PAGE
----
By: Claire Locking
We meet Anita Lopez, the creative brains behind the restaurant design of many of Hong Kong’s most popular and impressive-looking restaurants.
Hong Kong is a city of food lovers. Residents eat out a minimum of three times a week on average, and every few days sees a new restaurant launch or a new eating trend taking over our wallets and waistlines. But Hong Kongers don’t just have an appetite for what tastes good; they also like what’s cool, what’s new and what looks good on their Facebook tags. They really want the kind of restaurant design where the meal isn’t the center of attention.
As restaurants design director of Dining Concepts, the name behind many of the city’s top eateries, including Mayta, Lupa, Tango and The Bellbrook, Anita Lopez knows how important ambience is to a restaurant’s success. “It’s often as important as the food; how people feel can have a huge influence on success or failure. We don’t try to follow trends too much; they can make people feel uncomfortable in a space. Instead, we try to make every one of our restaurants a place where people feel at home and where they will want to come back.”
Anita arrived in Hong Kong from her native Chile in 2007. She flew the day after graduating with a Masters in Urban Planning – a brave move for a 27-year-old who’d never been to Asia and didn’t speak English, let alone Cantonese. Thankfully her first job was for a fellow Chilean and it was her restaurants design talent that did the talking.
Six years on, Anita speaks fluent English and is happily settled in the city with her architect husband and a close group of friends of all nationalities that she calls her “Hong Kong family”. She also has what could possibly be the best job of its kind in the world. “There’s no city like this one for restaurant design; things happen so fast and the vibe is so unique; maybe New York, but where we take weeks to complete a project, they take maybe nine months just for the design stage. There is a real ‘can do’ attitude here and people work to ‘Hong Kong time’. I love my job: every day there’s something new or exciting to work on, whether it’s discussing ideas with a new chef or designing decorations for events.”
Anita’s energy and enthusiasm are essential in a role that can see her creating up to four or five new restaurants design in one year. Currently, she’s working on three new sites, all to be completed in as many months. So how does she come up with new ideas when things move at such a pace? “I work closely with our founder and managing director, Sandeep Sekhri. We discuss the restaurants design concepts suitable for a particular location and the clientele that we’re looking to target. I also travel a lot looking for materials and products and I constantly get restaurants design ideas from magazines and blogs.”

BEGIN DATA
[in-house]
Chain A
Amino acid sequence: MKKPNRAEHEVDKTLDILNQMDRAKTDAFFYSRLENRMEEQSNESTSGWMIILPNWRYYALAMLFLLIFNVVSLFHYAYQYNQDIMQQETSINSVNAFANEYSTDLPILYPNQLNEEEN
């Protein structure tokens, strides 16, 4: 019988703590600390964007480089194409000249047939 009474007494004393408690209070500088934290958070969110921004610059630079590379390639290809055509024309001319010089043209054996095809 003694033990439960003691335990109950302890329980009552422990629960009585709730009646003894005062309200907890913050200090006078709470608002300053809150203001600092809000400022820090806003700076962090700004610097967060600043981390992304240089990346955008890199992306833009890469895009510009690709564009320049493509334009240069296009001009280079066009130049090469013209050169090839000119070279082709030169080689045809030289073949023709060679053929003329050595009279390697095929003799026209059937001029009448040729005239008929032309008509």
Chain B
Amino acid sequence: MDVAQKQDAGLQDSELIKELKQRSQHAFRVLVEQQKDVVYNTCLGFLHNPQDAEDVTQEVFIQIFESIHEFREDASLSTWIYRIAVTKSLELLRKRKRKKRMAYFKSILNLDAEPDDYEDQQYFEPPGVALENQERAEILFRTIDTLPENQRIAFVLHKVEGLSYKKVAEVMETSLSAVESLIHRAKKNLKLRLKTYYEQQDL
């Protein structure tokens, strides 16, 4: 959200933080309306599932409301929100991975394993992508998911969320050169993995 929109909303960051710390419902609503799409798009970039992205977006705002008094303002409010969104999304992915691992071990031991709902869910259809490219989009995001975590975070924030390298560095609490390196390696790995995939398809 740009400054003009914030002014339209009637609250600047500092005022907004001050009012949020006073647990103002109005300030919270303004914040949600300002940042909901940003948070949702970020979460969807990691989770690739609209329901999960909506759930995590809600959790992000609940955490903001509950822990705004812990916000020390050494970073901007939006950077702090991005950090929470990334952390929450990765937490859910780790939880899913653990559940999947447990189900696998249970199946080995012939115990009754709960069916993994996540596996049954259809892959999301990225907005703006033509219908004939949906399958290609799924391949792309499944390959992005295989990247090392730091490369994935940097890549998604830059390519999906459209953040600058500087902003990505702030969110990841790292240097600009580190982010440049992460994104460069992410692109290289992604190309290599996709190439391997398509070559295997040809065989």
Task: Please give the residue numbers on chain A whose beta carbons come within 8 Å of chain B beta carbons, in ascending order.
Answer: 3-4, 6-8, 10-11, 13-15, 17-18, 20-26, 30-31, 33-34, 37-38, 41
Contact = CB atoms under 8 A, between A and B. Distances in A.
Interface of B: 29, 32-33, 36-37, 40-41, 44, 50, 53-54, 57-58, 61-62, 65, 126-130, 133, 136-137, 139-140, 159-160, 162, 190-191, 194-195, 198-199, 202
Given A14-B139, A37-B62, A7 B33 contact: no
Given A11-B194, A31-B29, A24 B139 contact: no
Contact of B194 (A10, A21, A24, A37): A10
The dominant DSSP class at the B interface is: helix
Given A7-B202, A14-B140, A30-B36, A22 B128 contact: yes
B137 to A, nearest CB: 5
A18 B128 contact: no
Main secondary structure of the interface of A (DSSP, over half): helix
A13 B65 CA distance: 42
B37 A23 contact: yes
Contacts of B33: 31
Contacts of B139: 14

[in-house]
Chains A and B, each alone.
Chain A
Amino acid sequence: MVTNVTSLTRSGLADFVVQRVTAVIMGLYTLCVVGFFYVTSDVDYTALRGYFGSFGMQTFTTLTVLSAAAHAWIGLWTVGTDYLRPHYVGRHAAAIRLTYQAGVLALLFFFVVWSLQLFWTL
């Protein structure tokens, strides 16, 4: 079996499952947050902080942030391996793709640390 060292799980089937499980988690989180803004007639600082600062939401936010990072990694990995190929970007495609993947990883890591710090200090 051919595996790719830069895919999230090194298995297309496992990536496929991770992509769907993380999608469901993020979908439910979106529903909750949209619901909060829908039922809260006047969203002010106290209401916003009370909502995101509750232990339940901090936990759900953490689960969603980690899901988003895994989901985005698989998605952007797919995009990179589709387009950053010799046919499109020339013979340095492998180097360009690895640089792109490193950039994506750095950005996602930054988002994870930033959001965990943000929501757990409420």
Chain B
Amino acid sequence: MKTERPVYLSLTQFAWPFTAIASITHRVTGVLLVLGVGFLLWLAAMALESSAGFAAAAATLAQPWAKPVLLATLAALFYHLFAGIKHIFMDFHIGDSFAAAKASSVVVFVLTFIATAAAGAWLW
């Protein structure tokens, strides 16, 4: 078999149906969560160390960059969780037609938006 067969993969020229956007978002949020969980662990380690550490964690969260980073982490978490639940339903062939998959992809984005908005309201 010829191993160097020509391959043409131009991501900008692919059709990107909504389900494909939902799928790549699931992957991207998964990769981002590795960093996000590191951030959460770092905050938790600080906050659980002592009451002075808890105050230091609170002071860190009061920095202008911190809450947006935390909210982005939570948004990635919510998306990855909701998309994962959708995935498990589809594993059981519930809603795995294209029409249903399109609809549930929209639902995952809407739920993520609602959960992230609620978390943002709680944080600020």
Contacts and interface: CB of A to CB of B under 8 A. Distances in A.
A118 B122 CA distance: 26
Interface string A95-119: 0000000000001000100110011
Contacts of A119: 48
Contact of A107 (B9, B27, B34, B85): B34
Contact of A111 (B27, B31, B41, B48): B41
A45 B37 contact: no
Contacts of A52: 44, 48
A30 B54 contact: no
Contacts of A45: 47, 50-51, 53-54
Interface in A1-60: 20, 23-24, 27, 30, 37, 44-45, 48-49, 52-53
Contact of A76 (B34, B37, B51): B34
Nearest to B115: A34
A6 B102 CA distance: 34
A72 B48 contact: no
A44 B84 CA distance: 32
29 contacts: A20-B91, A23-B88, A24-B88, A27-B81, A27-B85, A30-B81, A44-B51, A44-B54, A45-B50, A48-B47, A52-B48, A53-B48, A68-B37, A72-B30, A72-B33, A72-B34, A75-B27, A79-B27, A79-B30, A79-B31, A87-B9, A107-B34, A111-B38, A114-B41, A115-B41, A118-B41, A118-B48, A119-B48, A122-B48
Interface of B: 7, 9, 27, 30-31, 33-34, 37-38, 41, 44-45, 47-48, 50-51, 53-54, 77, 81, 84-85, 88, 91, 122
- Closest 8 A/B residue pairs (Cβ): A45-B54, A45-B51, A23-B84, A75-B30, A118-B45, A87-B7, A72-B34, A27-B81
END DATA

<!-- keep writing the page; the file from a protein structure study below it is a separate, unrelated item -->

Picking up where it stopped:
One of Anita’s most recent projects has been the re-launch of Laris on Wyndham Street, now Australian bistro, The Bellbrook. “The original Laris was too upscale for the location so we had just three weeks to turn it from a very chic and sensual fine-dining restaurant into a more casual space. We took away a lot of the marble, replacing it with subway tiles on the bar and the columns. We injected some Australian colours with the yellow and blue. I sourced some vintage Australian travel posters and some vintage lamps. The biggest change was opening up the terrace.”
Anita works very closely with the company’s partner chefs on most of her projects. Lupa was a partnership with renowned New York chef Mario Batali who wanted the Hong Kong outpost to be almost a replica of the American flagship. “I went and looked at the original Lupa in New York but it became obvious it was too simple and rustic for the much bigger space in Hong Kong. We would have to be different.” Thankfully, one of Mario’s other New York restaurants (Tarry Lodge in Port Chester) was to prove a source of inspiration with elements of Lupa’s restaurant design in lighting, furniture and flooring all coming directly from there.
One of Lupa’s biggest successes has been the outside terrace. “Mario wanted to create an American/British ‘park’ in the middle of the city. He wanted the space to be less urban and more green, so we created the central bar and worked with a Japanese company to create the green wall.” It’s since been named by several international magazines as among the city’s best bars.
At Mayta, the group’s Peruvian restaurant, Anita was able to look to her South American routes. “In Chile, we’re surrounded by raw materials. I love working with the richness and texture of wood and I always think it makes a space more cosy. Mayta has Peruvian patterns carved into the wood and I sourced ceramics direct from Peru. A feature of the bar is the infused bottles of Pisco which came direct from chef Jamie Pesaque’s original restaurant in Lima.”
Most of Dining Concepts’ partner chefs aim for a stylish take on their native cuisines and Anita seems to do the same with the interiors design. “We always try to add touches of the culture, though nothing too obvious or overly ethnic.” Tango, the group’s Argentinian restaurant, is a prime example. The space has a typically Argentinian exposed fire grill, a butcher’s table at the entrance and vintage Argentinian movie posters but the result is still simple and rustic.
With a career in restaurants design, you would expect Anita to be eating out every night. In fact, she prefers to eat at home. “I don’t find it very relaxing eating in our restaurants as I’m always sitting there spotting problems and things that I could have done better! However, when a restaurant is full and I can see people enjoying it and I can feel the vibe, I do sit back and say ‘Wow’, we did a great job!”